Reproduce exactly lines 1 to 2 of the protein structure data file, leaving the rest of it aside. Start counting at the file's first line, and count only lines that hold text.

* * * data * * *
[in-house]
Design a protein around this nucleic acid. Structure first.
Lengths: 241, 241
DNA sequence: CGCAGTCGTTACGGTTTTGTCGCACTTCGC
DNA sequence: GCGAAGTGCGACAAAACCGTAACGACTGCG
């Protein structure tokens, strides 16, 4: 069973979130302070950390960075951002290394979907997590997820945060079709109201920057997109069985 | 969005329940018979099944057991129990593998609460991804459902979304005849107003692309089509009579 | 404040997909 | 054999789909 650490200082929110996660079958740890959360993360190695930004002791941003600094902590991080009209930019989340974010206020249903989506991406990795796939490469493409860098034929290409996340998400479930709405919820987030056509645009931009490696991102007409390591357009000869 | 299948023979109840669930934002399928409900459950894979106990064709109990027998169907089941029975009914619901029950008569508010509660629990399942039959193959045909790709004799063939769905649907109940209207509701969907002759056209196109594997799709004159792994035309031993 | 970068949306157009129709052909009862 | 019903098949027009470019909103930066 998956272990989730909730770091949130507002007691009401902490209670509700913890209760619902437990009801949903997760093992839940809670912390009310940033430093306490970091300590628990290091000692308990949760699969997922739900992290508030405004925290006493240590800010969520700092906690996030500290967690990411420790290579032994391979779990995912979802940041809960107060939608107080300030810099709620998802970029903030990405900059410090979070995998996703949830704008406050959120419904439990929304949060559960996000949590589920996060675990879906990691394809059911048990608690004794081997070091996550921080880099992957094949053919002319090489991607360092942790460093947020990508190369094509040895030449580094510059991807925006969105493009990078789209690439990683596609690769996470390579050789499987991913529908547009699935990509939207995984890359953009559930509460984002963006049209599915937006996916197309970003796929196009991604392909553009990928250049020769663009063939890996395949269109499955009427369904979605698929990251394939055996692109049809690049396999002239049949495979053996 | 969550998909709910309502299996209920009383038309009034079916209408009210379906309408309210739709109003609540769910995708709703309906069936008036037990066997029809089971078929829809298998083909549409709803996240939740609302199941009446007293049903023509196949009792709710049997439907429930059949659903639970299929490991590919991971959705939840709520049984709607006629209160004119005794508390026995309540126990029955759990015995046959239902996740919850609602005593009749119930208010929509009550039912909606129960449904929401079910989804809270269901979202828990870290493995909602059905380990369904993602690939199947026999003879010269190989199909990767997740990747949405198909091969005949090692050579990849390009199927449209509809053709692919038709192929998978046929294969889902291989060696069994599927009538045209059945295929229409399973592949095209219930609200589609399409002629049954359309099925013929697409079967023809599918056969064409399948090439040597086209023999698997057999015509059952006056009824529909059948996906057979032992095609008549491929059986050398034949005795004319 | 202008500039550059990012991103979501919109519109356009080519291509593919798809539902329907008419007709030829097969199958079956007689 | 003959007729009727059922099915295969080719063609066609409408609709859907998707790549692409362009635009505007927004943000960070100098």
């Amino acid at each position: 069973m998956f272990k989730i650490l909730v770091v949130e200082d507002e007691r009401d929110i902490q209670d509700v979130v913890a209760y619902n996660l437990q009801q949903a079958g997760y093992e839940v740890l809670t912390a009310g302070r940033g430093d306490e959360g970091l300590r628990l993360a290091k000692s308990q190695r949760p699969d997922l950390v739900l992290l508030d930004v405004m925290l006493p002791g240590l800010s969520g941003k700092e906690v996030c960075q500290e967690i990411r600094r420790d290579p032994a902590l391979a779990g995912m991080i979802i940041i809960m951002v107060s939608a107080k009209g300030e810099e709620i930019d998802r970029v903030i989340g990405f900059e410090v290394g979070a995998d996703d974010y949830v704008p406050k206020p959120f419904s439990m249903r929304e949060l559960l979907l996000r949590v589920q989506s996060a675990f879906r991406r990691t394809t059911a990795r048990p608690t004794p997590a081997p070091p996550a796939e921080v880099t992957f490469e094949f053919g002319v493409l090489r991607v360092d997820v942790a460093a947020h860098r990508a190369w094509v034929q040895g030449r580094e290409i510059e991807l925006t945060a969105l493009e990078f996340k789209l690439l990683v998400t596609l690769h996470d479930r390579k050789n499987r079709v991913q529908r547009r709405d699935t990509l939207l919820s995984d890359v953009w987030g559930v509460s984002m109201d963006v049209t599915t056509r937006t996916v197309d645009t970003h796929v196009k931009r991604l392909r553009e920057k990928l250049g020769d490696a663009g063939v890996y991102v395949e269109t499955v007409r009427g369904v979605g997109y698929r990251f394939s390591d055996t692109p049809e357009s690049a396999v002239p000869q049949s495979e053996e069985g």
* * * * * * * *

[in-house]
Design a protein around this nucleic acid. Structure first.